On the weekends, Tracy Roundy wakes up at 3:45 am to open Gramma’s Corner Kitchen, the restaurant she co-owns with her mother Terri in Milwaukie. On a recent Sunday, she was a flurry of activity in the kitchen: reading order tickets, tending to bacon and sausages on the grill and ladling soup into to-go containers.
The restaurant is doing plenty enough business for her to get out of the kitchen, except for one big problem: she can’t find a cook.
“I’ve been trying to hire a full-time cook for about three months now,” Roundy said. “Typically, within a day or two I have to pause the ad because I have 15-20 applicants I have to interview. I think I got two or three applicants total in a two-month period and I had one person show up for an interview.”
Roundy isn’t a foe of the extended unemployment benefits that have been a lifeline for millions of people. She used them herself and went on unemployment for the first time in her life at the beginning of the pandemic.
“I have four kids still at home: one in elementary, one in middle, one in high school and a five-year-old and they all of a sudden needed to be home schooled,” she said.
But as the pandemic grinds on into its second year, Roundy says the support net is shrinking the hiring pool, making her job as a small business owner much more difficult.
“I mean, this is not a high-paying job,” Roundy said. “Typically, our employees start at minimum wage and they are making more on unemployment right now and they’re just unwilling to come back to work.”
She’d just managed to hire a part-time prep cook and server when the most recent order from Gov. Kate Brown closed indoor dining in 15 counties in late April. Roundy had to stop seating customers at Gramma’s and break the news to her brand-new employees.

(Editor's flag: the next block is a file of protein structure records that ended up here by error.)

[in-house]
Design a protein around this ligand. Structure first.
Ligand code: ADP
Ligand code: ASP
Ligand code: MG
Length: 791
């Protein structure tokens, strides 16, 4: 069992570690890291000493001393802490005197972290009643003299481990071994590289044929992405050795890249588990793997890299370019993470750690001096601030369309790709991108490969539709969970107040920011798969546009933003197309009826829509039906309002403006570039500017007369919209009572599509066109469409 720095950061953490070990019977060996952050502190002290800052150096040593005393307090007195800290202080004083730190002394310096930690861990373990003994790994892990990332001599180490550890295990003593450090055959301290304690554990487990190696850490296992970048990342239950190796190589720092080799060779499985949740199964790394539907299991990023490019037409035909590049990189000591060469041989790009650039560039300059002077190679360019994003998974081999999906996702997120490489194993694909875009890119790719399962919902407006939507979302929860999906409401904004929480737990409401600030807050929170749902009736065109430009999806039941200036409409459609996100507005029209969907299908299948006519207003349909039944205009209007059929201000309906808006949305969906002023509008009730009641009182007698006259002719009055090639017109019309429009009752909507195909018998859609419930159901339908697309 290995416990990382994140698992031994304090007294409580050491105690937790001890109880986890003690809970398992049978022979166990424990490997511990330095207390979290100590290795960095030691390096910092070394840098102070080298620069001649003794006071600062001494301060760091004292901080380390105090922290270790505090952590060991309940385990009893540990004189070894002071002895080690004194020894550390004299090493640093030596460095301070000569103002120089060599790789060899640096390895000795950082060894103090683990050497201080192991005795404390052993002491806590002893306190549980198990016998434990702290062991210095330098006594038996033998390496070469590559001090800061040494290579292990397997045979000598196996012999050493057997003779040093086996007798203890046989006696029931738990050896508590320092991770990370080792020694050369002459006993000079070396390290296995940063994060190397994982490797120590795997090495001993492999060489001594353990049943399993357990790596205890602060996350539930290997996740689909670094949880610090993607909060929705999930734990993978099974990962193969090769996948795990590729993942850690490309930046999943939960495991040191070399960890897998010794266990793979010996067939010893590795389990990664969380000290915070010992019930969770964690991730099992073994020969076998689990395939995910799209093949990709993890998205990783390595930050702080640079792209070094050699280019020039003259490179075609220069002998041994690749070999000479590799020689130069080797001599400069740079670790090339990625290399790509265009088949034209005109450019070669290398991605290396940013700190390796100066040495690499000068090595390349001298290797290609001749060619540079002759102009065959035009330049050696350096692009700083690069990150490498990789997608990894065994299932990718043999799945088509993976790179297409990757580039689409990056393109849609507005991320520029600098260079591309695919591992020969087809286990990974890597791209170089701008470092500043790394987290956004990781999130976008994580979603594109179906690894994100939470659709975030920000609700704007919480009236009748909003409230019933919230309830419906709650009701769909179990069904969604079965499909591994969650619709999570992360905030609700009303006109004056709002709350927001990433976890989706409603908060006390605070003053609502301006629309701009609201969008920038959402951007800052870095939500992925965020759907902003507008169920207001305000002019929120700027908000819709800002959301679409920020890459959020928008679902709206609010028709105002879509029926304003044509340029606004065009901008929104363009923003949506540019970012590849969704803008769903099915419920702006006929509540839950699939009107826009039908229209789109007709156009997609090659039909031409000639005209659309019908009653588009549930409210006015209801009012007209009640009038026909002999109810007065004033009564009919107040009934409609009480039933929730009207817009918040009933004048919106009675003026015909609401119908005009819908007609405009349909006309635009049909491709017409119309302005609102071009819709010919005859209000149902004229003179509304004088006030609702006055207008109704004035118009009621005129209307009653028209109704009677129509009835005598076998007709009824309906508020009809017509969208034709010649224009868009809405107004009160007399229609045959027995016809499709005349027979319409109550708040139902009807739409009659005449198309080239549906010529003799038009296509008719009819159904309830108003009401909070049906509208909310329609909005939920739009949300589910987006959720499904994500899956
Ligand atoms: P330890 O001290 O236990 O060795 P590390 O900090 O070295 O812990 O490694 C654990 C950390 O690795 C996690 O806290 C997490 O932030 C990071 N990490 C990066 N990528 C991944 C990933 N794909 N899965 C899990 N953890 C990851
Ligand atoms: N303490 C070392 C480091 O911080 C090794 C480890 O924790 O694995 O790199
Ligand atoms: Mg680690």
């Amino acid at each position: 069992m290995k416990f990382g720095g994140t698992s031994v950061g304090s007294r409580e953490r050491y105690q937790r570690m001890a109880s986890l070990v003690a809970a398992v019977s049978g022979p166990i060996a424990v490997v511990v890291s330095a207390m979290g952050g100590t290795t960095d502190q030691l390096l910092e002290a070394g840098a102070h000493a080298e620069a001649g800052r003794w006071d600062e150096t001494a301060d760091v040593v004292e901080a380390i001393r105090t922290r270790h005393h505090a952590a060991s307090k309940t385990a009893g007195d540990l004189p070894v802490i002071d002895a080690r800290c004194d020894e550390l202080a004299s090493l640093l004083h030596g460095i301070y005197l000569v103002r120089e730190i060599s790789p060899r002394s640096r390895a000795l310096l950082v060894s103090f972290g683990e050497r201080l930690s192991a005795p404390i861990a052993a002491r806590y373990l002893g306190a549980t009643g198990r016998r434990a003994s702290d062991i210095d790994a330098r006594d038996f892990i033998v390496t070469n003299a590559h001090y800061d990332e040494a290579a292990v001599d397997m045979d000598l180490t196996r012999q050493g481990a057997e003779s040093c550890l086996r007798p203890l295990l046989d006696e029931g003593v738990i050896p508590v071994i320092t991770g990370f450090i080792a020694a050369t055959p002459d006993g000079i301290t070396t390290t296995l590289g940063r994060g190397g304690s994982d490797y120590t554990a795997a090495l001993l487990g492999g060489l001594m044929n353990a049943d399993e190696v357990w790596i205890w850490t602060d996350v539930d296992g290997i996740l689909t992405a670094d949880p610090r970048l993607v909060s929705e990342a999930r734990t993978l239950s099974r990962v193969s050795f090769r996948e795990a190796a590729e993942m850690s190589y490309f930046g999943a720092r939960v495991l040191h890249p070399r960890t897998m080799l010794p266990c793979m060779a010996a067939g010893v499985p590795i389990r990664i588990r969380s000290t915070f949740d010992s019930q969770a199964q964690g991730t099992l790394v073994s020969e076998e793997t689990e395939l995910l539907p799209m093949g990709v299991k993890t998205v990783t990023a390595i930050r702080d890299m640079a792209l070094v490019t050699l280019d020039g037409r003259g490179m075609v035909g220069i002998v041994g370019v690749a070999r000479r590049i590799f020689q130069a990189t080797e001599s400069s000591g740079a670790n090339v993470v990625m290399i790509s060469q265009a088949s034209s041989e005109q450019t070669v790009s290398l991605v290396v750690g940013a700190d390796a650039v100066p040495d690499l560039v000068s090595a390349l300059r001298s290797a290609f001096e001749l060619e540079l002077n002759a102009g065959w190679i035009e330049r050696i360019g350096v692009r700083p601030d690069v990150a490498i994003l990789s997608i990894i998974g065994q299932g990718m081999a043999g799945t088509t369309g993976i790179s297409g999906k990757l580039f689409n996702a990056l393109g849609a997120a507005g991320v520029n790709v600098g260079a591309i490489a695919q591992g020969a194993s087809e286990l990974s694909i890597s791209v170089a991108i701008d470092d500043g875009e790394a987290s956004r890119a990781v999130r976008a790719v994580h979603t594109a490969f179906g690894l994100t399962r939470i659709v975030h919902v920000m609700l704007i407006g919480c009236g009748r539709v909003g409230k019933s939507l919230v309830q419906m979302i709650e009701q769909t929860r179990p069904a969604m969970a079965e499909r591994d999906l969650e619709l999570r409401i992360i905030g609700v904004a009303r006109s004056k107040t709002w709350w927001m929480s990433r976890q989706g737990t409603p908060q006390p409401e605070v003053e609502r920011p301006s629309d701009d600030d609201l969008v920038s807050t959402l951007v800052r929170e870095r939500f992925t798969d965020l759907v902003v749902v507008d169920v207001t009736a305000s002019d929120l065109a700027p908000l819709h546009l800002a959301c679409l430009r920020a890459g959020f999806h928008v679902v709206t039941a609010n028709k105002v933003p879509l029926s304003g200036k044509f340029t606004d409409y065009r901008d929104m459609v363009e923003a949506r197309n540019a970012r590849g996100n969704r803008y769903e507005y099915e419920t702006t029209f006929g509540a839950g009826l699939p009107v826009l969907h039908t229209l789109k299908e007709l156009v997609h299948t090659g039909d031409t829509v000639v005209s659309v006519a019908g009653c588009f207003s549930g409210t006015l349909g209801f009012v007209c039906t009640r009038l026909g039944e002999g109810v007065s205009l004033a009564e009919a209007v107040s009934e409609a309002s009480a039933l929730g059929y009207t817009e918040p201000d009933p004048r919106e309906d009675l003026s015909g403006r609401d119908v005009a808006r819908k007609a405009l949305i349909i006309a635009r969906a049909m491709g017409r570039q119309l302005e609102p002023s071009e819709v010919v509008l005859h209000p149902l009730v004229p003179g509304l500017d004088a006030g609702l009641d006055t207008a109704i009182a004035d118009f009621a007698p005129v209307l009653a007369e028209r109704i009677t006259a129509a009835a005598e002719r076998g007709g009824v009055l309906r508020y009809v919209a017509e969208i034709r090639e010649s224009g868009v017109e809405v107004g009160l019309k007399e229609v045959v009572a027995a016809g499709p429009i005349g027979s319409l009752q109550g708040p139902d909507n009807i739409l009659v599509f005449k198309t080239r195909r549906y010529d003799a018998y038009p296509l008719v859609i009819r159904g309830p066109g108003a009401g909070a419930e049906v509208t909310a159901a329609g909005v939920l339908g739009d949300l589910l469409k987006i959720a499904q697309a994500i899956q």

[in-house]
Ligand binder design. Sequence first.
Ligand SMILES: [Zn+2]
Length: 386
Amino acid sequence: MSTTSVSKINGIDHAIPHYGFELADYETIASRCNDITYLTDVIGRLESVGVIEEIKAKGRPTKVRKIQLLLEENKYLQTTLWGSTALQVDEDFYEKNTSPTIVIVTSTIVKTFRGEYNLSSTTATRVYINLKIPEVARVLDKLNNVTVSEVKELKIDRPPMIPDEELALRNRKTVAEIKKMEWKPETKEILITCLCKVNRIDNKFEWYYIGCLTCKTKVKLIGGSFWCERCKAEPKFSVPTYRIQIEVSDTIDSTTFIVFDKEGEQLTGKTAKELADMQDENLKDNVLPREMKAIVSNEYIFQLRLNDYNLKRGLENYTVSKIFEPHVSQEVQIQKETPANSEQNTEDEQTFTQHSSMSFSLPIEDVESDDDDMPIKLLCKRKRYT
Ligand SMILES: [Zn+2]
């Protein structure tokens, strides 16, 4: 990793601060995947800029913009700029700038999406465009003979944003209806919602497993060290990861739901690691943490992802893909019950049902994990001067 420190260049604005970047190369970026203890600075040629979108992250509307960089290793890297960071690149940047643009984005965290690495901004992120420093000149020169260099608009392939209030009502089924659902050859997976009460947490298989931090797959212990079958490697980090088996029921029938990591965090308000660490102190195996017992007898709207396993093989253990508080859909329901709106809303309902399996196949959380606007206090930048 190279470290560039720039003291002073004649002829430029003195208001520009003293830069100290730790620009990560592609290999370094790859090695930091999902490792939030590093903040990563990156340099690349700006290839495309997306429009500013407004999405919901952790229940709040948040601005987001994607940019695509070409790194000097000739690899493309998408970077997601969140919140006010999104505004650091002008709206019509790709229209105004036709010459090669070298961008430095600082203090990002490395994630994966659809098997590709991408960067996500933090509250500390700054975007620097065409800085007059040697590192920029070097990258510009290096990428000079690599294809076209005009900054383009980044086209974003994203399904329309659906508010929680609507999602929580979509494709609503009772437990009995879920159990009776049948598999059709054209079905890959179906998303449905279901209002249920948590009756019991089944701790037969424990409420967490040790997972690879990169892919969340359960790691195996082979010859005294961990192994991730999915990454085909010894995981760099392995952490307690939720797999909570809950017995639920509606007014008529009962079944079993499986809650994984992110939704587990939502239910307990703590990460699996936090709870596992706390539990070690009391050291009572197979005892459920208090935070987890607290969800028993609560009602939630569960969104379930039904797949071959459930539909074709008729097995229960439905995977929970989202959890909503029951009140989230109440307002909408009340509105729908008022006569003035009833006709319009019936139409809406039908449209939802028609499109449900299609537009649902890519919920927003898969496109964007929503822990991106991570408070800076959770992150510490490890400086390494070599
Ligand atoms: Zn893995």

“I had to essentially lay them off,” Roundy said, just a few weeks after hiring them.
Fortunately, the closure only lasted a week and Roundy reopened indoor dining last Friday. “They didn’t have to take unemployment because it was only for the week but, y’know, I was afraid to lose them!”
After subsisting on to-go orders for much of 2020, business at Gramma’s Corner Kitchen is ticking up. This most recent Sunday — Mothers’ Day — was the busiest day of the year at the family restaurant. But she still worries about the long-term effects the pandemic will have on her business.
“I’ve already seen so many restaurants that have been in business for a hundred years around us, The Bomber and GG’s, that have all closed their doors for good,” Roundy said.
“I just wish that...” She pauses. “I want to be careful how I word it, but I want the opportunity to survive.”
Listen to Roundy’s full conversation with OPB’s John Notarianni using the audio player above.